Sacccfc by MiUuil

Piwr io



frown ured nne lefitmni iMRRfatih iMot botialiuni of aimortd pcrtonntl



MKHv.ul) <mc bnulionof aimoiod penonnelun (AK'i)aidlioni of tracki

5 eintfand (initial demean arr>rcd by II A* tun)


MRU -uti






Ye.' Ckiob,.

Ait detente rtatmcat Kabul

Yn9 Oewber


dele me rtf imcm ShindiBd

Air dricnvf rniment Kondal


Yes. Ceremonyeiober

living in this city (KondutJ todayeremonial farewell to the last of the six Soviei regiments being returned home tn keepingoint decision by the governments of ihe USSR and Afghanistan

-Mow* rASS inctober


Over ihe pall two years, lhe Soviets have attempted to tedieai the situation by augmenting (heir forces in Afghanistan,ore aggressive strategy against trie insurgency, sleeping up military pressure on Pakistan and Iran, improving training of Afghan military and political cadres, and replacing the Afghan leader. The USSR hasen in Afghanistan, up aboutercentmong the moat significant additions have been four more battalions of special-purpose forces, more fited-wing aircraft (up fromnd the deploymentan motorized nfle regiment to the Herat region near the Iranian border. None of thetotalingMoscow withdrew from Afghanistanjbcr was critical to the Soviet war effort (see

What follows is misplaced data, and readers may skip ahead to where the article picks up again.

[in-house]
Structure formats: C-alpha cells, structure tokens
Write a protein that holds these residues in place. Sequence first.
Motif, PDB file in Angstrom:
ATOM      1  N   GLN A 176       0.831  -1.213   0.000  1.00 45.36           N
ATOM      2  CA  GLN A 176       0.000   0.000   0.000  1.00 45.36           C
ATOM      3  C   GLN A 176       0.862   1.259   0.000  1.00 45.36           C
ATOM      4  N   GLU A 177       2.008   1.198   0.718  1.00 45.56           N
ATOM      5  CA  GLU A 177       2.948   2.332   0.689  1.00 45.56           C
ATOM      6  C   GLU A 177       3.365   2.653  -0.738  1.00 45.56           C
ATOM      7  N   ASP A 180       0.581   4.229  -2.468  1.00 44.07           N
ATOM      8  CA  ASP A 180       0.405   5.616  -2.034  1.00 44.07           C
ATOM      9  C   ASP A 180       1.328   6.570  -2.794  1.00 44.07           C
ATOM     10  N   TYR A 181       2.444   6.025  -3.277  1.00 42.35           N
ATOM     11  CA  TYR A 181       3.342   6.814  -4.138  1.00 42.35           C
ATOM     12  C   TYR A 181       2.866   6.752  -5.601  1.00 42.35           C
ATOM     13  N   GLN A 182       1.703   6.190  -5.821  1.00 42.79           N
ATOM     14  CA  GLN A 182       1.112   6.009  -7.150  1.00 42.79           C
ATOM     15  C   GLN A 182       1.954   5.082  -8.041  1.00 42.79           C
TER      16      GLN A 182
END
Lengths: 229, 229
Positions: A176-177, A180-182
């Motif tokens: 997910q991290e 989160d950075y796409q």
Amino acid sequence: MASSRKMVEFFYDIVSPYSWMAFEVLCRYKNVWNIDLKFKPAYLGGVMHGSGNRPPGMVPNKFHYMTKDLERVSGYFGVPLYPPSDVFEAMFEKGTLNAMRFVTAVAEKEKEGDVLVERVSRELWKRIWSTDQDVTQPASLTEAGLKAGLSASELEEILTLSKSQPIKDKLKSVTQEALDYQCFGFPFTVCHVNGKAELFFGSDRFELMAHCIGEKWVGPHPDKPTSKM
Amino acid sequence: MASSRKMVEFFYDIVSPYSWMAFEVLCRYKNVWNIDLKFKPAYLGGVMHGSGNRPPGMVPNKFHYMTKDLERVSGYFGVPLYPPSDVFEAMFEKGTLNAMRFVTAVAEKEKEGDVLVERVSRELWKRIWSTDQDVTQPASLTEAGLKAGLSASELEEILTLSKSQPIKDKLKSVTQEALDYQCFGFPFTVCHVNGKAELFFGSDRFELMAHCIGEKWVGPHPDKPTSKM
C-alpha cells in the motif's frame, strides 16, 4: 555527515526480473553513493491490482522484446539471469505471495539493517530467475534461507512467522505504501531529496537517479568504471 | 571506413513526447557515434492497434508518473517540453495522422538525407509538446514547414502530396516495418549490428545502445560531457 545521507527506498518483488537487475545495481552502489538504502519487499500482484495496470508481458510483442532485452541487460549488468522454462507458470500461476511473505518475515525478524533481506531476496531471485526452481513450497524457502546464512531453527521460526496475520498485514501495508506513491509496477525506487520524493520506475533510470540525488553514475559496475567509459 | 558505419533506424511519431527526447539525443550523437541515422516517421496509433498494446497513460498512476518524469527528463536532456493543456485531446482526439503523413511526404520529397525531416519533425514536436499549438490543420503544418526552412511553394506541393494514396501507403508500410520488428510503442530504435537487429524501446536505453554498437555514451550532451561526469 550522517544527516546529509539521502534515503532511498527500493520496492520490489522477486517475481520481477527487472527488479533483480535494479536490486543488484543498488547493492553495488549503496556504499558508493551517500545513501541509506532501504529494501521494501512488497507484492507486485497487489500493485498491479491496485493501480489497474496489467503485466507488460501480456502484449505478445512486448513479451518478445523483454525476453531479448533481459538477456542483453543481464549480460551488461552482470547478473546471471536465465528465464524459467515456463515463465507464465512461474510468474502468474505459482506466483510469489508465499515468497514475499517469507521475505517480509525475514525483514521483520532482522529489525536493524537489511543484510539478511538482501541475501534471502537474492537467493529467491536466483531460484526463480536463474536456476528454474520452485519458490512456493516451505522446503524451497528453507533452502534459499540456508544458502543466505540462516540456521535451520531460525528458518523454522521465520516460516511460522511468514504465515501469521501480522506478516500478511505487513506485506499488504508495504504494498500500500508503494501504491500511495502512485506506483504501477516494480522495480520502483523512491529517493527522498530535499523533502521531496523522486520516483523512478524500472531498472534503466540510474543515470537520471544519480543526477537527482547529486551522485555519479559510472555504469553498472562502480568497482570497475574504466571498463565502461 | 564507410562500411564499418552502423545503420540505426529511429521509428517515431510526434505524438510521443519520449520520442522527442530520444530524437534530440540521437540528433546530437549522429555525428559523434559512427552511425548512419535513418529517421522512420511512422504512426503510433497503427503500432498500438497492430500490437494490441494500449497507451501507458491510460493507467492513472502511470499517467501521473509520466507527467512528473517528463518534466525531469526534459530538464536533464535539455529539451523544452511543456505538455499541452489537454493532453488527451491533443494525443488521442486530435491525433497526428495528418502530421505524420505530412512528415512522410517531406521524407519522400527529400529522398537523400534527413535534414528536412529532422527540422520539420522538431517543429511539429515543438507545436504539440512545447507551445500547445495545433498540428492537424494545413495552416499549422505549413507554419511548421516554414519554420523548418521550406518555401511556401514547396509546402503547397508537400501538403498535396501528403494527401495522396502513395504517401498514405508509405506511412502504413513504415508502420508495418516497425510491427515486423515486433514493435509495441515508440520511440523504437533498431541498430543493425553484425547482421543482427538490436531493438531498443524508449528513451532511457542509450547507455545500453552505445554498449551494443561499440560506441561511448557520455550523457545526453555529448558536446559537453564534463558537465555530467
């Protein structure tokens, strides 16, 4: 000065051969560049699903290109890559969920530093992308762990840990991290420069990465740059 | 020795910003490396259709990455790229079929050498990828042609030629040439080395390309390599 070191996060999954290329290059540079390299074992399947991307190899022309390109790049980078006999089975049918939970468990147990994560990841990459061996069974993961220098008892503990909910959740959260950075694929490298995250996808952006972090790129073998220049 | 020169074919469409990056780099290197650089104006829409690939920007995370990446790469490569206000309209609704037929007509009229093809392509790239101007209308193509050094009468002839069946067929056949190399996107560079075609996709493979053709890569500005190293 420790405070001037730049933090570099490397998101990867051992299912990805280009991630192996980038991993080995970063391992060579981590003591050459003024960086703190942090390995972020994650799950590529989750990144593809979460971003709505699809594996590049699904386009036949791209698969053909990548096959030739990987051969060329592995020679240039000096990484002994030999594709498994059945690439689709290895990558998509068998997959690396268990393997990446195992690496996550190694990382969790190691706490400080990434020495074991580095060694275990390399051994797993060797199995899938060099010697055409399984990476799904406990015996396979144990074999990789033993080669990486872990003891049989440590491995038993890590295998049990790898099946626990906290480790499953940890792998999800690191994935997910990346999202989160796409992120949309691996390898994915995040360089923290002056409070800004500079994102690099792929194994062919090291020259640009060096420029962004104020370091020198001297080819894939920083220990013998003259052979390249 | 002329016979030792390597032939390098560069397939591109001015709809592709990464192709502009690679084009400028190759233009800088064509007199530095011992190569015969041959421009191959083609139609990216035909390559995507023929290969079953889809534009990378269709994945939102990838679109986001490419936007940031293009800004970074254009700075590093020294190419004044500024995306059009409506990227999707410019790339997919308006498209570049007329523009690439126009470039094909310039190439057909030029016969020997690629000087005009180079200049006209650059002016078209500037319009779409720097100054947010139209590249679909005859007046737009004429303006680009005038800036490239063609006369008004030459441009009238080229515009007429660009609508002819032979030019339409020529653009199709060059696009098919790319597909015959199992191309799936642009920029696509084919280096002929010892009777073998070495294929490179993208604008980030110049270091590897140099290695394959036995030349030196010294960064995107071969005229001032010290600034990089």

The more aggressive Soviet pursuit of the insurgents has led to higher lhan usual casual lies on both sides. Although Soviei forces have fought more effectively, and at least some Afghan forces have shown tenativc signs of improvement.regime remains unable to stand on its own f

Im/or the Lang Haul. The Soviets, despite ihcir minor troop withdrawal in Ociober. appear io teprcnaredrotracted tlruaglcin^fsihanisiars^

I hroughoui tne Soviei party,> thereeneral resignation io ibe fact thai lhe USSR would be in Afghanistangeneration or

^Soviet olTkials often cue lhe fledgling Bolshevik regime's long fight against the Central Asian Basmachl resistance as an indicator of Moscow's capacity to persevere against thensurrenis. Gorbachev himwir -

of withdrawing said the conse-Irawal would be even